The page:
More on Optimal Questionnaire Design for Surveys and Experiments
Friday, April 8, 2016
Event slideshow (PDF)
Click here for information from the first workshop in this series.
Workshop for researchers interested in the creation of surveys
People setting out to conduct questionnaire-based research (surveys, laboratory experiments, and other types of studies) often assume that the process of designing a questionnaire is simple and intuitive, and that reusing items from questionnaires that have been used in past research is a wise way to efficiently design a new questionnaire. In this workshop, Dr. Krosnick will continue the presentation he began at SJSU demonstrating how much more challenging questionnaire design is than many people assume and how easy it is to do well if guided by the right empirically-grounded principles for producing reliable and valid data. Implementing this guidance will help researchers collect valid and reliable data more quickly, efficiently, and inexpensively and will maximize their chances of detecting true relations between variables and producing accurate characterizations of populations. He will continue to summarize guidance from 100-years-worth of studies on optimizing questionnaire design.
About Dr. Jon A. Krosnick
Visit Dr. Krosnick's websites:
- Stanford Department of Communication faculty page
- Stanford Political Science faculty page
- Stanford Public Opinion on Climate Change research group
Winner of the American Association for Public Opinion Research's Lifetime Achievement Award for outstanding research, Jon A. Krosnick is Frederic O. Glover Professor in Humanities and Social Sciences, Professor of Communication, Professor of Political Science, and (by courtesy) Professor of Psychology at Stanford University, director of the Political Psychology Research Group at Stanford, and director of the Summer Institute in Political Psychology at Stanford, as well as Research Psychologist at the U.S. Census Bureau.
Dr. Krosnick is also a world-recognized expert on the psychology of attitudes, especially in the area of politics. He is co-principal investigator of the American National Election Study, the nation's preeminent academic research project exploring voter decision-making and political campaign effects. For 30 years, Dr. Krosnick has studied how the American public's political attitudes are formed, change, and shape thinking and action. His publications explore the causes of people decisions about whether to vote, for whom to vote, whether to approve of the President's performance, whether to take action to influence government policy-making on a specific issue, and much more.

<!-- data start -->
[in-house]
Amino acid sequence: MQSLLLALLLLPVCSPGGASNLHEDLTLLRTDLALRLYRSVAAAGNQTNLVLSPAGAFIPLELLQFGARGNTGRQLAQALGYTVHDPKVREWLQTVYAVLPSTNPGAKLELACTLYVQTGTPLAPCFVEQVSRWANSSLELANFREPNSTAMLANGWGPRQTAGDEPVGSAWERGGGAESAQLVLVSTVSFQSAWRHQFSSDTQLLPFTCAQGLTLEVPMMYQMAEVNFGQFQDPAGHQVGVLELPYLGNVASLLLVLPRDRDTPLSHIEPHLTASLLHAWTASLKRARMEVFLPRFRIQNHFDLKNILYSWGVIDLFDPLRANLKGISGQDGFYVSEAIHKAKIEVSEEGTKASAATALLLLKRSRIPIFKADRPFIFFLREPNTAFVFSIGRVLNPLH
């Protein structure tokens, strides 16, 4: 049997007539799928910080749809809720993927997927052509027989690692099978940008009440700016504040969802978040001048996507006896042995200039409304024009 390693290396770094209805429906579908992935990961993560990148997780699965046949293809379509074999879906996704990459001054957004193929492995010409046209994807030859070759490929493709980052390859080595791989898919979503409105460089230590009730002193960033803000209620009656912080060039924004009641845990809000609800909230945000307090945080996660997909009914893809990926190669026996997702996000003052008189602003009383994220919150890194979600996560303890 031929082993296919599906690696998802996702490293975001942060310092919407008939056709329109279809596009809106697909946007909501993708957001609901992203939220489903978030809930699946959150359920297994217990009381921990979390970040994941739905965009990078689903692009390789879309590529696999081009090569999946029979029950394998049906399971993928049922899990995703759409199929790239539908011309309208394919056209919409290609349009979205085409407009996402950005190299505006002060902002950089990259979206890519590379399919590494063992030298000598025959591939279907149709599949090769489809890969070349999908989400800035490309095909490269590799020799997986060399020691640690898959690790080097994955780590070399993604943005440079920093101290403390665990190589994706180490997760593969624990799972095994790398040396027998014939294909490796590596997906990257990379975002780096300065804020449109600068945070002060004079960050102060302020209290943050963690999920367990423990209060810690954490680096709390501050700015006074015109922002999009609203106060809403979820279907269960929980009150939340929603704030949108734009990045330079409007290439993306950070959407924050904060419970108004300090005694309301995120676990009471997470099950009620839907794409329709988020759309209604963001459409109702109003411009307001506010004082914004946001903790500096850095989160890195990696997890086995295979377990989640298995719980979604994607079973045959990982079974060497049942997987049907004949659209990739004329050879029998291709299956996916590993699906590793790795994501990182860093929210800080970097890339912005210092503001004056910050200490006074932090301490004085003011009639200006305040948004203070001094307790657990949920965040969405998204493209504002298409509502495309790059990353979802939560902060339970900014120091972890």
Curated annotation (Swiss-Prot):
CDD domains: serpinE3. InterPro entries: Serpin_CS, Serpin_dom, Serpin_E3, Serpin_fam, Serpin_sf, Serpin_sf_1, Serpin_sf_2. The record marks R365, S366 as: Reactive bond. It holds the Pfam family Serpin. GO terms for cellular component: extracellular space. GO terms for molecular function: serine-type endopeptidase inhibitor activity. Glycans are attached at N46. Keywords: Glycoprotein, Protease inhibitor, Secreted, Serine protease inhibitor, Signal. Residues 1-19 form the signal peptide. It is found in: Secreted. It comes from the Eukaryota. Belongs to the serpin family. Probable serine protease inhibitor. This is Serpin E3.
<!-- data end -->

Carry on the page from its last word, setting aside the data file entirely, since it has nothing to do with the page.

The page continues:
Another major focus of his research has been on questionnaire design and survey research methods. Professor Krosnick has taught courses for professionals on survey methods for 30 years around the world and has served as a methodology consultant to government agencies, commercial firms, and academic scholars. His books include "Introduction to Survey Research, Polling, and Data Analysis" and "The Handbook of Questionnaire Design" (forthcoming, Oxford University Press), which reviews 100 years of research on how different ways of asking questions can yield different answers from survey respondents and on how to design questions to measure most accurately. His recent research has focused on how other aspects of survey methodology (e.g., collecting data by interviewing face-to-face vs. by telephone or on paper questionnaires) can be optimized to maximize accuracy.
In addition to the AAPOR Award, Dr. Krosnick's scholarship has been recognized with the Phillip Brickman Memorial Prize, the Pi Sigma Alpha Award, the Erik Erikson Early Career Award for Excellence and Creativity, two fellowships at the Center for Advanced Study in the Behavioral Sciences, and election as a fellow of the American Academy of Arts and Sciences and of the American Association for the Advancement of Science.
As an expert witness in court, he has testified evaluating the quality of surveys presented as evidence by opposing counsel and has conducted original survey research to inform courts in cases involving unreimbursed expenses, uncompensated overtime work, exempt/non-exempt misclassification, patent/trademark violation, health effects of accidents, consequences of being misinformed about the results of standardized academic tests, economic valuation of environmental damage, change of venue motions, and other topics.
Dr. Krosnick's Political Psychology Research Group (PPRG) is a cross-disciplinary team of scholars who conduct empirical studies of the psychology of political behavior and studies seeking to optimize research methodology for studying political psychology. The group's studies employ a wide range of research methods, including surveys, experiments, and content analysis, and the group often conducts collaborative research studies with leading news media organizations, including ABC News, The Associated Press, the Washington Post, and Time Magazine. Support for the group's work has come from U.S. Government agencies (e.g., the National Science Foundation, the Bureau of Labor Statistics), private foundations (e.g., the Bill and Melinda Gates Foundation, the Robert Wood Johnson Foundation), and Institutes at Stanford (e.g., the Woods Institute for the Environment). Dr. Krosnick also directs the Summer Institute in Political Psychology, an annual event that brings 60 students and professionals from around the world to Stanford for intensive training in political psychology theory and methods.